Capitalism?

Capitalism?

0

Capitalism by raw definition is;

an economic system in which the means of production and distribution are privately owned and operated for a private profit; decisions regarding supply, demand, price, distribution, and investments are made by private actors in the market rather than by central planning; profit is distributed to owners who invest in businesses, and wages are paid to workers employed by businesses.

It looks great in definition but in execution of this idea loses sight of what is really important in life. I do not wish to go into great detail about the wrongs of capitalism here in this post. Our goal is to get the conversation started and to offer those who are interested a place to talk about this issues and to learn more about it.

    • Wages, Profits, Prices.  Capitalist believe that prices, profits and wages are determined by supply and demand in a free market, and not by greed. The reality is that when it comes to wages, companies are only willing to pay the very minimum amount to their employees to keep the cost of labor down and increase amount of profit.    This rule is enforced so much the federal government had to step in and make a law of what the minimum wage would be set as to keep companies from exploiting their workers.  (A minimum wage is the lowest hourly, daily or monthly wage that employers may legally pay to employees or workers.)   Minimum wages were first proposed as a way to control the proliferation of sweat shops in manufacturing industries in the United States.  The sad reality is that leaders of corporations and  companies still try to get around better wage for their employees and go to great lengths to ensure they pay their employees the lowest wage possible like pulling their business from the States and move to areas where workers rights are non-existence.Prices. Not everything works on a supply and demand system. Take for example, housing and health care, the demand does not decrease.  Therefore, the supplier has a market advantage and may continue to increase prices.  More times than not, the prices are increased, take a look at the pharmaceutical companies.  Not only do they move people away from natural remedies sources they create synthetic replacements and charge outrageous prices. They aslo encourage (pay) doctors and other medical professionals to push their products.Capitalism has never been in the interest of the individual or workers (or the environment) , its main and only goal is profit for the owners -at any cost.

Any system or philosophy that puts profits before people is inherently and fundamentally wrong and restricts our ability to evolve in our journey as a species. We should do everything we can to challenge and change this thought process.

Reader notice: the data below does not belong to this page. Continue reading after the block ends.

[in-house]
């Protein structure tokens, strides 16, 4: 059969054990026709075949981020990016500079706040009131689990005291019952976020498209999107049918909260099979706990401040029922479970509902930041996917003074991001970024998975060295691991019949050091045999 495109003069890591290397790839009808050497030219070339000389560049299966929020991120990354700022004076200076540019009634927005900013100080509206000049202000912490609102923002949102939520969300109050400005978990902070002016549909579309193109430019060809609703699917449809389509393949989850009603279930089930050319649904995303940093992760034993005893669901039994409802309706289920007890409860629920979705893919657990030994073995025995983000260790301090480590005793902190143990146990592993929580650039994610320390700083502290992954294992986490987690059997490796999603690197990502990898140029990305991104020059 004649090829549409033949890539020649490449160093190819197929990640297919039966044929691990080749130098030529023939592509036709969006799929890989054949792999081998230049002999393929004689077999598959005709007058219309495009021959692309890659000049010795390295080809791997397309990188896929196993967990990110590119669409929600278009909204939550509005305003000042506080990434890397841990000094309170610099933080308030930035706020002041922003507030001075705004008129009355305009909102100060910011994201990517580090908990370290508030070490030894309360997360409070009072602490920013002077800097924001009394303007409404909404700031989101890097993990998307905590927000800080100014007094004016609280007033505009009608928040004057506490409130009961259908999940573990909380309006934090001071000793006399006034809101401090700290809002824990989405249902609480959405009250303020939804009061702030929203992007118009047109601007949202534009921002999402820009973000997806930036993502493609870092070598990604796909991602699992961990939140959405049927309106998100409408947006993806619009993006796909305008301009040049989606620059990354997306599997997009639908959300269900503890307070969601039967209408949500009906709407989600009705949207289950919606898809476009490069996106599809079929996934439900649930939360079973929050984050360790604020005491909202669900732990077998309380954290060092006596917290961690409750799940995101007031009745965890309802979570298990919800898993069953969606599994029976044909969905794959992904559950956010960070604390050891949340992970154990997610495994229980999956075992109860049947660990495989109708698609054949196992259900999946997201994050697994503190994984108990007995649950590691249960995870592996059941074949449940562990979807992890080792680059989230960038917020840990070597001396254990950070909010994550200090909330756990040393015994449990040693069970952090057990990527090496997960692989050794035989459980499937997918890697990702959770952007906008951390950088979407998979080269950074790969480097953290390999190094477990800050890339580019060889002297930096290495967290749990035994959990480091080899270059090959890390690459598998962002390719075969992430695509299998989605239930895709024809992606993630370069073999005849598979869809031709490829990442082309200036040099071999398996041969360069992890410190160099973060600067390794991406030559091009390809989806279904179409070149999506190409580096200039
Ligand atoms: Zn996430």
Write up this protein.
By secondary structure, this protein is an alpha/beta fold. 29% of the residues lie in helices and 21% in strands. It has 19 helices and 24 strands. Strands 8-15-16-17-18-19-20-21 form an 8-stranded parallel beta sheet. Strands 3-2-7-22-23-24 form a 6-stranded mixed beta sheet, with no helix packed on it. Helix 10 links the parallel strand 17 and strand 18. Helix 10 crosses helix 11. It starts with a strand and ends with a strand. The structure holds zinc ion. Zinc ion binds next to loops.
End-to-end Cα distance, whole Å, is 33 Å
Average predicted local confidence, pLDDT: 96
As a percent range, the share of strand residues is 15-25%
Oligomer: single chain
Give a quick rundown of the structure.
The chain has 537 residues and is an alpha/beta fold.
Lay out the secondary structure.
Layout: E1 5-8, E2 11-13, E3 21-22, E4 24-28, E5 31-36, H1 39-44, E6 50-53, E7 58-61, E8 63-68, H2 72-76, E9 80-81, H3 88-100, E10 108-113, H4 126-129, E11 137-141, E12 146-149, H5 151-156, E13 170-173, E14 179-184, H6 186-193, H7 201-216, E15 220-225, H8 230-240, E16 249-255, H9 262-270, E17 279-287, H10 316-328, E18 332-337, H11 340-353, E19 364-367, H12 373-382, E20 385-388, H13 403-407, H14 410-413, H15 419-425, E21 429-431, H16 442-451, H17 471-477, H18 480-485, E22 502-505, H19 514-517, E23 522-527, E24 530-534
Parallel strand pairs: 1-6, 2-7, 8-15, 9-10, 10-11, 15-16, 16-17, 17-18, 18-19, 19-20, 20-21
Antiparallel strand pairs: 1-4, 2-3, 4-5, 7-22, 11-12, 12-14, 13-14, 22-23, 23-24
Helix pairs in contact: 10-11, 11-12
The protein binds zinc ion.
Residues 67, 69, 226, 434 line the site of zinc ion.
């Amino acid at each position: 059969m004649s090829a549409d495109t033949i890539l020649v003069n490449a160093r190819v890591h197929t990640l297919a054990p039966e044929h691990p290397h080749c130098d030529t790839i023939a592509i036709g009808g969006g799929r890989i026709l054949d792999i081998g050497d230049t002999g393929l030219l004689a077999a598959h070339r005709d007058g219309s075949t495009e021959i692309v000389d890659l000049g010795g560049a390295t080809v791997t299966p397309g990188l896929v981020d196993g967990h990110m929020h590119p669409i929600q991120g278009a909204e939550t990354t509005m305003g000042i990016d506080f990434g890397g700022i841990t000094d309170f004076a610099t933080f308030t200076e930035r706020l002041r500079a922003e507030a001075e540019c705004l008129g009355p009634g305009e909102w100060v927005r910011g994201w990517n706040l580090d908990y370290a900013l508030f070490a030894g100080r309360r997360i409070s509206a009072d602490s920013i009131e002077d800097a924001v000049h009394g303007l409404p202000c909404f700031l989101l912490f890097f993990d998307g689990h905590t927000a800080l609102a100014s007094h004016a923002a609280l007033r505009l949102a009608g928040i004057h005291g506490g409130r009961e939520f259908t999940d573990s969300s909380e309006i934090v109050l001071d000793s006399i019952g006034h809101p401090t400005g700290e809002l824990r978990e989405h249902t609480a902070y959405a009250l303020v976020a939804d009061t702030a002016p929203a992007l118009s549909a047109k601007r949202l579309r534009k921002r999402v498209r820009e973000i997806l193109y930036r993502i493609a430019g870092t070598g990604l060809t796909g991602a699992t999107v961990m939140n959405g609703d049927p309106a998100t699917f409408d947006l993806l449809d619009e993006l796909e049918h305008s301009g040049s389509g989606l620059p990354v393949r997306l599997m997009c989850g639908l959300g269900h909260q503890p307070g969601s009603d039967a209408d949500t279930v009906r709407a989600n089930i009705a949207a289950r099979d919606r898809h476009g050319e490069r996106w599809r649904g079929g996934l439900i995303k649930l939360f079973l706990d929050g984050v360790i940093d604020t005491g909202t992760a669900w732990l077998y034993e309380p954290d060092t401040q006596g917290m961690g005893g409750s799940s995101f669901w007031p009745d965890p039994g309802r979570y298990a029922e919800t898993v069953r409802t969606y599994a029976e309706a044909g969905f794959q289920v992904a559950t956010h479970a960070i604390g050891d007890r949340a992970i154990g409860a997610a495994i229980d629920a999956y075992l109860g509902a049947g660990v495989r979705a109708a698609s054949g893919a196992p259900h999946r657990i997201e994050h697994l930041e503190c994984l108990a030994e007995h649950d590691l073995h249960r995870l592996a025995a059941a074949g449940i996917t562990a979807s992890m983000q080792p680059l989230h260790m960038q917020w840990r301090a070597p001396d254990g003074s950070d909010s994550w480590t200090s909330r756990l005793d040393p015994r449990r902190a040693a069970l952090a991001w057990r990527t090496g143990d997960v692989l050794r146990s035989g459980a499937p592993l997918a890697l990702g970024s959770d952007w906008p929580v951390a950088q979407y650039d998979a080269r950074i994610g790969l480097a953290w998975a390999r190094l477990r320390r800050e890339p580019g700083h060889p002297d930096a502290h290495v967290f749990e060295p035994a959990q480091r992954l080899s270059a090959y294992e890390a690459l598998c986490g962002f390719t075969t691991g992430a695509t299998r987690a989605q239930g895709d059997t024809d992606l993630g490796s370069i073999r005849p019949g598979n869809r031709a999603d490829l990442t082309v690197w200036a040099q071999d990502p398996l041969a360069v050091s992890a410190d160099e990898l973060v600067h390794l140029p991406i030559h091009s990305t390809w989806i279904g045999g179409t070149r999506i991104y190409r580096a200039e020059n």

There are a couple of key areas we should read more about and are not limited to the bullet points listed below. These are not the only answer to capitalism but they only offer an alternative to the capitalist thought, in hopes that we all can find a solution that works for our own community and lives.  We always welcome other ideas into this mix.

  • Participatory Economics – It uses participatory decision making as an economic mechanism to guide the production, consumption and allocation of resources in a given society.
  • Social Ecology holds that present ecological problems are rooted in deep-seated social problems, particularly in dominatory hierarchical political and social systems. These have resulted in an uncritical acceptance of an overly competitive grow-or-die philosophy. It suggests that this cannot be resisted by individual action such as ethical consumerism but must be addressed by more nuanced ethical thinking and collective activity grounded in radical democratic ideals.
  • Local Exchange Trading System also known as LETSystems are locally initiated, democratically organised, not-for-profit community enterprises which provides a community information service and records transactions of members exchanging goods and services by using the currency of locally created LETS Credits.

It is great to talk about different alternatives to the capitalist system and apply them in our everyday lives were we can but what really counts is what you can do to help people who are struggling to make ends meet due to the overwhelming pressure put upon them.

There is a wonderful book called, Moral Underground : How Ordinary Americans Subvert an Unfair Economy that I highly recommend to everyone.  This book tells the real story of the countless unsung heroes who bend or break the rules to help those millions of Americans with impossible schedules, paychecks, and lives. Whether it is a nurse choosing to treat an uninsured child, a supervisor deciding to overlook infractions, or a restaurant manager sneaking food to a worker’s children, middle-class Americans are secretly refusing to be complicit in a fundamentally unfair system that puts a decent life beyond the reach of the working poor.